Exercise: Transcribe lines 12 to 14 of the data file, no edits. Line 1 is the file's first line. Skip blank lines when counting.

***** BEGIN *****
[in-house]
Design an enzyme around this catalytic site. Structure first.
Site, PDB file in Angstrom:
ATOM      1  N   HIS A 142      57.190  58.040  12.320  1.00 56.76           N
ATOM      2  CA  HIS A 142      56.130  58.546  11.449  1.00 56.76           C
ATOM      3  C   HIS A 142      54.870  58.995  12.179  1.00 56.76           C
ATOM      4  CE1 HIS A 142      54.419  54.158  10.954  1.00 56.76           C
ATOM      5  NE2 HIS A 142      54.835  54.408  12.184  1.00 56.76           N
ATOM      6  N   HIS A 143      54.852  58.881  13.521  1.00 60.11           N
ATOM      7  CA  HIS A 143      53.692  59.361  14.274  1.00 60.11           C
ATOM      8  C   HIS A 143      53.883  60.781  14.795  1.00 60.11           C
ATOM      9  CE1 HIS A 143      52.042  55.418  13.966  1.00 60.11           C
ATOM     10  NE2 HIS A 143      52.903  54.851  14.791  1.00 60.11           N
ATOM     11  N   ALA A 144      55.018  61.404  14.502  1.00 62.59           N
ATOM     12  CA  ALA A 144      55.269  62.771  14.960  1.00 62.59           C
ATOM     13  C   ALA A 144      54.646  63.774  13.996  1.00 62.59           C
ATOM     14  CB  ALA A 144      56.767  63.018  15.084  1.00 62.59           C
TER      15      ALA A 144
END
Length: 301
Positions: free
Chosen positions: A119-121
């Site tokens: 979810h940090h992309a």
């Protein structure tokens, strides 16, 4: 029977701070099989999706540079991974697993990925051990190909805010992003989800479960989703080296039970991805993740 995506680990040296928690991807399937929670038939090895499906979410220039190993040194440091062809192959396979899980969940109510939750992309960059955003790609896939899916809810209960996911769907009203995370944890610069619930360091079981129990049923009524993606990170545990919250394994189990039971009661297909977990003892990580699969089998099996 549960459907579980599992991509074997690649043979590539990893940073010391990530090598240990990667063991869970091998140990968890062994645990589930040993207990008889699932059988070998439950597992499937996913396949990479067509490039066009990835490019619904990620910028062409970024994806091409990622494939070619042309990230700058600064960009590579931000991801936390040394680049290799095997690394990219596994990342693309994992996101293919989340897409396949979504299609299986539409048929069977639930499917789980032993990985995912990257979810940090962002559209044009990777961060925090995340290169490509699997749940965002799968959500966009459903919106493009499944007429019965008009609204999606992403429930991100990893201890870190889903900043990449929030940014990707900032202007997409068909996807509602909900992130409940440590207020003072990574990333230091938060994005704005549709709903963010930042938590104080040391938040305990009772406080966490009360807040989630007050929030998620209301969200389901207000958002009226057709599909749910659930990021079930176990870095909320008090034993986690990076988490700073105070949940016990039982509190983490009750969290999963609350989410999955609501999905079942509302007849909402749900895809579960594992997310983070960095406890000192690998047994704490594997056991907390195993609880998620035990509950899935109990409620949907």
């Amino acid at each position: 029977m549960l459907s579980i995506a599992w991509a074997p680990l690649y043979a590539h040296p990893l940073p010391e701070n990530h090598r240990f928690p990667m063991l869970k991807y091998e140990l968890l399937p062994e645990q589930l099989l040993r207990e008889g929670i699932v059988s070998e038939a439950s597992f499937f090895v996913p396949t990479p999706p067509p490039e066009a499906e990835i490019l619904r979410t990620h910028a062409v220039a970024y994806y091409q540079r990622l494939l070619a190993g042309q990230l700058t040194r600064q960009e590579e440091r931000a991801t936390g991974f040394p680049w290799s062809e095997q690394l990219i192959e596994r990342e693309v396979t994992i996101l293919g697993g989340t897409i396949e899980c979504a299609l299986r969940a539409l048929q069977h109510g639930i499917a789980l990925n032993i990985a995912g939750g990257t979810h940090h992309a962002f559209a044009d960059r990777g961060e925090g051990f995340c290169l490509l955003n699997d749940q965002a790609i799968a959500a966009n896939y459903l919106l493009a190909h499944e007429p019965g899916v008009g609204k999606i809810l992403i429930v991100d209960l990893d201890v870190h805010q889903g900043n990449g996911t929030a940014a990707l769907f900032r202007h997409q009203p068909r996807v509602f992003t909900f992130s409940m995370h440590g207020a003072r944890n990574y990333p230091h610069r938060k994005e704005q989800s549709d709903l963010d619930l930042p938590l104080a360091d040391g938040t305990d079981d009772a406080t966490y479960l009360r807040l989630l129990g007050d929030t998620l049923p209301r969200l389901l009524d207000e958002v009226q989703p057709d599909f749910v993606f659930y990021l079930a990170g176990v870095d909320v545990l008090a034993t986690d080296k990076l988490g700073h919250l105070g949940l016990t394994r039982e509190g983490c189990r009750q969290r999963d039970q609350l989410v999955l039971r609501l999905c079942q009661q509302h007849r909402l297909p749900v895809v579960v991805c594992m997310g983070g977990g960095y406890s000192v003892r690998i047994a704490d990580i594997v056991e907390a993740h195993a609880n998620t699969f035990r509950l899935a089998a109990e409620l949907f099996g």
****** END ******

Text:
ATOM      9  CE1 HIS A 143      52.042  55.418  13.966  1.00 60.11           C
ATOM     10  NE2 HIS A 143      52.903  54.851  14.791  1.00 60.11           N
ATOM     11  N   ALA A 144      55.018  61.404  14.502  1.00 62.59           N